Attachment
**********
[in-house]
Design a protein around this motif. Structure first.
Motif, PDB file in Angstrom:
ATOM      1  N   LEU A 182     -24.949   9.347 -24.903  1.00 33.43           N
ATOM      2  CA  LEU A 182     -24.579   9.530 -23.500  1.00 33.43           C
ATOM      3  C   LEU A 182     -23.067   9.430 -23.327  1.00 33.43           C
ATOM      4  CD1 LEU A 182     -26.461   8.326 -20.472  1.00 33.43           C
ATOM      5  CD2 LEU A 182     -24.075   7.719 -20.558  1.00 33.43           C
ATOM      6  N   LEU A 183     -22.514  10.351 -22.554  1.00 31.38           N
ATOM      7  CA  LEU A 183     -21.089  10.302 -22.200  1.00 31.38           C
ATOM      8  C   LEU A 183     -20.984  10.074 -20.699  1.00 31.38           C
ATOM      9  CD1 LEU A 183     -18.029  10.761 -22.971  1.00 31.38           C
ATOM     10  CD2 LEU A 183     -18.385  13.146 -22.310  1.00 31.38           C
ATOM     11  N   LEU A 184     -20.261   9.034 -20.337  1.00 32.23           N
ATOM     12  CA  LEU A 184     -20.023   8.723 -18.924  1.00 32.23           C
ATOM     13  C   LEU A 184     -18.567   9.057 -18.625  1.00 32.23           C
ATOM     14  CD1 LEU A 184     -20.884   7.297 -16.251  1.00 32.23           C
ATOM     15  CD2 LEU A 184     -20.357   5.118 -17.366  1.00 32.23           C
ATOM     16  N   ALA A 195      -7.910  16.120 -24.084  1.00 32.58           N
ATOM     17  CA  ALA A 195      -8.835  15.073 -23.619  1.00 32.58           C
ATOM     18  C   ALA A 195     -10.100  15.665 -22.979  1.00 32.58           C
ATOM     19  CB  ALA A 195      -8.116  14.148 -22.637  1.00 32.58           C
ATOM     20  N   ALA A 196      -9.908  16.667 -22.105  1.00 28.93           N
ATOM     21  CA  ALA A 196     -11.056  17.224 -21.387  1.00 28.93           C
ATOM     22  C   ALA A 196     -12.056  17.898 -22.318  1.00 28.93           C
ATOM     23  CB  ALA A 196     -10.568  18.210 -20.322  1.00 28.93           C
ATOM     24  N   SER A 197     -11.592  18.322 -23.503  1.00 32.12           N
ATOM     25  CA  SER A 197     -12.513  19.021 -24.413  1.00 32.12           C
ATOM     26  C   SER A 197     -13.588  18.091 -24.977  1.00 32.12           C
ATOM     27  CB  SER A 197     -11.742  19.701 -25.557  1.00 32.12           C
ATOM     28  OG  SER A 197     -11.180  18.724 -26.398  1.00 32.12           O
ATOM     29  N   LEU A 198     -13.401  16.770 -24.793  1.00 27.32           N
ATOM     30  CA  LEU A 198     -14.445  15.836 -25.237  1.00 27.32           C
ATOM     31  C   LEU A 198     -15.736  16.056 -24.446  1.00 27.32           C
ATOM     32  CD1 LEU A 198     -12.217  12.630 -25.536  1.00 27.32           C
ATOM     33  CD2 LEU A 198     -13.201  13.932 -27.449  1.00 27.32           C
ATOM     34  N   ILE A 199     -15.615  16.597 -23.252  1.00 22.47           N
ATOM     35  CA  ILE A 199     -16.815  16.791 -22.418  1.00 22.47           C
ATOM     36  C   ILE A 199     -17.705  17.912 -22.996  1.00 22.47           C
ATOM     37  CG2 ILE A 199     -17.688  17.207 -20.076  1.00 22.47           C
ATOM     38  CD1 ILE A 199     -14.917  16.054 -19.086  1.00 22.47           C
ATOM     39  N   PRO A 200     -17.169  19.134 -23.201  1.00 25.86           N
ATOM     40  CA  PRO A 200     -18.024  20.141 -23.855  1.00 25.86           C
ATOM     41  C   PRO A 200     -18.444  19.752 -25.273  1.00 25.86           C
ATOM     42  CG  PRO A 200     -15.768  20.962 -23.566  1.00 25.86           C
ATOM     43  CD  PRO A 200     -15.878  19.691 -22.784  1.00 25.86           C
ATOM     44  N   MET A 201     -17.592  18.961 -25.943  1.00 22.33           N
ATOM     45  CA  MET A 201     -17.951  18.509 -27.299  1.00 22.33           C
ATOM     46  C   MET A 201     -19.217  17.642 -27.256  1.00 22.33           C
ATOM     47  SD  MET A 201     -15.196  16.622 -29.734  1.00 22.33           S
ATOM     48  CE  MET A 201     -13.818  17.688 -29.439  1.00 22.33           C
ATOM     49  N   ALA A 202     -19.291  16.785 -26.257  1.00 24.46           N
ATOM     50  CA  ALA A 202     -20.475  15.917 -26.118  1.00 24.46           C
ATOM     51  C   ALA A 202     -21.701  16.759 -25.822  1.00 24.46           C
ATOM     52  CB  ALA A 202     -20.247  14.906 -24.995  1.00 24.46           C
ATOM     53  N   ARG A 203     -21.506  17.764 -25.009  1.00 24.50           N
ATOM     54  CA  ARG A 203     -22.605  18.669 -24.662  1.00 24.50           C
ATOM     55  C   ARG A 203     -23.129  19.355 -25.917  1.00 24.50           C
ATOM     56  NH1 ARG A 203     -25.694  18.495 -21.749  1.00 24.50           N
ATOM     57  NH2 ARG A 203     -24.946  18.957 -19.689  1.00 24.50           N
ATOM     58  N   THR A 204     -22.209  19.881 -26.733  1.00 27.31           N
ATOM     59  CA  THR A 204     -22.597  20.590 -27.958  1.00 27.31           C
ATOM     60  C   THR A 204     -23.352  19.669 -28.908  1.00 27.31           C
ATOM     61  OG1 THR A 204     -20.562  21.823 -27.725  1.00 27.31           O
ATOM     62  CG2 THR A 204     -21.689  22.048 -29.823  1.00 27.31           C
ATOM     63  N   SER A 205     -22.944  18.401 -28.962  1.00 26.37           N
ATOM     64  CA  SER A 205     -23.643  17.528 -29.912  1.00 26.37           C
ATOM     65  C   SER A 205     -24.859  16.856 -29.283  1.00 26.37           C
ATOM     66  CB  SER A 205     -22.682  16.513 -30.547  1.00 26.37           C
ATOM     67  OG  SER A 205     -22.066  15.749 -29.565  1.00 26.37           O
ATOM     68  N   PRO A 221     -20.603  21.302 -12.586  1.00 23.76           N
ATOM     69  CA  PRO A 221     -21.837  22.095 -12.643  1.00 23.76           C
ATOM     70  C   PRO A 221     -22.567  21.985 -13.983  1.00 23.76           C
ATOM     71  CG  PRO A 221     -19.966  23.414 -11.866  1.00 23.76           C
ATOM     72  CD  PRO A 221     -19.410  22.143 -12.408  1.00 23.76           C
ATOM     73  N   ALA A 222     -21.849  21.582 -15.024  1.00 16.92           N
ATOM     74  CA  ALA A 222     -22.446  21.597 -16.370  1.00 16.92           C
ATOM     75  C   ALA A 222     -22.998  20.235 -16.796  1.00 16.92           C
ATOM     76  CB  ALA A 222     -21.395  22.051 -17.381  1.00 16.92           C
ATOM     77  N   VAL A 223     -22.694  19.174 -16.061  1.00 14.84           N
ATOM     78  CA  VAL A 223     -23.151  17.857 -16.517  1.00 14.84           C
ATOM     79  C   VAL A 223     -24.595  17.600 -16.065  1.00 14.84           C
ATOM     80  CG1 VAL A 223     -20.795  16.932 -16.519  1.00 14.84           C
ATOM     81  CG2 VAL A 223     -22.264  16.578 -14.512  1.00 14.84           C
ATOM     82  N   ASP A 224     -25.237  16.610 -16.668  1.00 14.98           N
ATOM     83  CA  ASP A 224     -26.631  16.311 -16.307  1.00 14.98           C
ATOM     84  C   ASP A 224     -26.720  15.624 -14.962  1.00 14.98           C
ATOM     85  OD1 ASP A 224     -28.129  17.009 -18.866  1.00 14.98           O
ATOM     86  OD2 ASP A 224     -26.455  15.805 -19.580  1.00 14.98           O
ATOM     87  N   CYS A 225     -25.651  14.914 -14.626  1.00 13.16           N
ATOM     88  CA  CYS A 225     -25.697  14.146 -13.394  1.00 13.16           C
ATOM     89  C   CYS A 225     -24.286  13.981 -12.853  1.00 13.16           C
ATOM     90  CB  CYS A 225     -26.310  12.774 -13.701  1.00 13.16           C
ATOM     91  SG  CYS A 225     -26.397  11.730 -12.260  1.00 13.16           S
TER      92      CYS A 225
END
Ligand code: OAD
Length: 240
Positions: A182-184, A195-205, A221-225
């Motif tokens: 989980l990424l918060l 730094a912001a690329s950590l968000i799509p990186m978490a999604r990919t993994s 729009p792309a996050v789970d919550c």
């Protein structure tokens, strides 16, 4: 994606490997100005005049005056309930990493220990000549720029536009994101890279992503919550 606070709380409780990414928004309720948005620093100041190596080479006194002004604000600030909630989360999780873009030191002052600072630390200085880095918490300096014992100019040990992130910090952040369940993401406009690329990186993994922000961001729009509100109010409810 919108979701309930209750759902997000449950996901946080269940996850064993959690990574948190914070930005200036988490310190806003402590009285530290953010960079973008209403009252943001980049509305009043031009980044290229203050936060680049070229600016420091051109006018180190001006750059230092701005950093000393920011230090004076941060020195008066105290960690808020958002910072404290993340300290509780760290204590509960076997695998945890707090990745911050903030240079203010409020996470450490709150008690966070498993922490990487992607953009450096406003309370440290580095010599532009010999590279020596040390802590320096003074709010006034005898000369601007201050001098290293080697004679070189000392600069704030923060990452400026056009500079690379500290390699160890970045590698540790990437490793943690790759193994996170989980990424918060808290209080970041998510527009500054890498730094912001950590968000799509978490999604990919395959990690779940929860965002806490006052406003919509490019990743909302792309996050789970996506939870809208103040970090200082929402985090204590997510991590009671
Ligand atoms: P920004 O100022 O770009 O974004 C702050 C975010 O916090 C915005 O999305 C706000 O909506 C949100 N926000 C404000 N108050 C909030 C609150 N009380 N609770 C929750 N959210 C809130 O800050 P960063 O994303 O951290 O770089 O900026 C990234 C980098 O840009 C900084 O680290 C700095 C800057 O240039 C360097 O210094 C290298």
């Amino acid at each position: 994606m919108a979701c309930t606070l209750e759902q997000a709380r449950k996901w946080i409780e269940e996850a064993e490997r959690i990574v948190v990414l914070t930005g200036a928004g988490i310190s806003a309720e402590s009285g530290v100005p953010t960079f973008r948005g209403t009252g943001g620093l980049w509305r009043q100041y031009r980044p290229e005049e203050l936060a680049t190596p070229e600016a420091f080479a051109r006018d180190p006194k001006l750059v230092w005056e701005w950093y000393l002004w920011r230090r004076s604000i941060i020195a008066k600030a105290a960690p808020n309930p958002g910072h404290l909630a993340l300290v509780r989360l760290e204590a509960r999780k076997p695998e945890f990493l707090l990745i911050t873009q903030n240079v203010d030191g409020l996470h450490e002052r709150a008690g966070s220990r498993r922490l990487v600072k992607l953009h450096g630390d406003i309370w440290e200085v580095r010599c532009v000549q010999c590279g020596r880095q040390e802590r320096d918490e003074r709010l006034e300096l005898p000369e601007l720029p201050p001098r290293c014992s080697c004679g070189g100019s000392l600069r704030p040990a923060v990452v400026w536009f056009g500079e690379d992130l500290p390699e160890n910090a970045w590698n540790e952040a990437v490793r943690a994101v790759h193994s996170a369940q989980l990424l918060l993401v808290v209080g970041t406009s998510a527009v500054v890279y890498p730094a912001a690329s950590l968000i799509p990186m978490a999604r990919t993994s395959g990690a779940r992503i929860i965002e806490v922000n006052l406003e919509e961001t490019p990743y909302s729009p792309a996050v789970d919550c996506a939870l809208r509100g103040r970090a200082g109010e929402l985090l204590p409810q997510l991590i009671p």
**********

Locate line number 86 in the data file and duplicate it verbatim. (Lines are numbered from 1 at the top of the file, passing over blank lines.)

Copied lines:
ATOM     83  CA  ASP A 224     -26.631  16.311 -16.307  1.00 14.98           C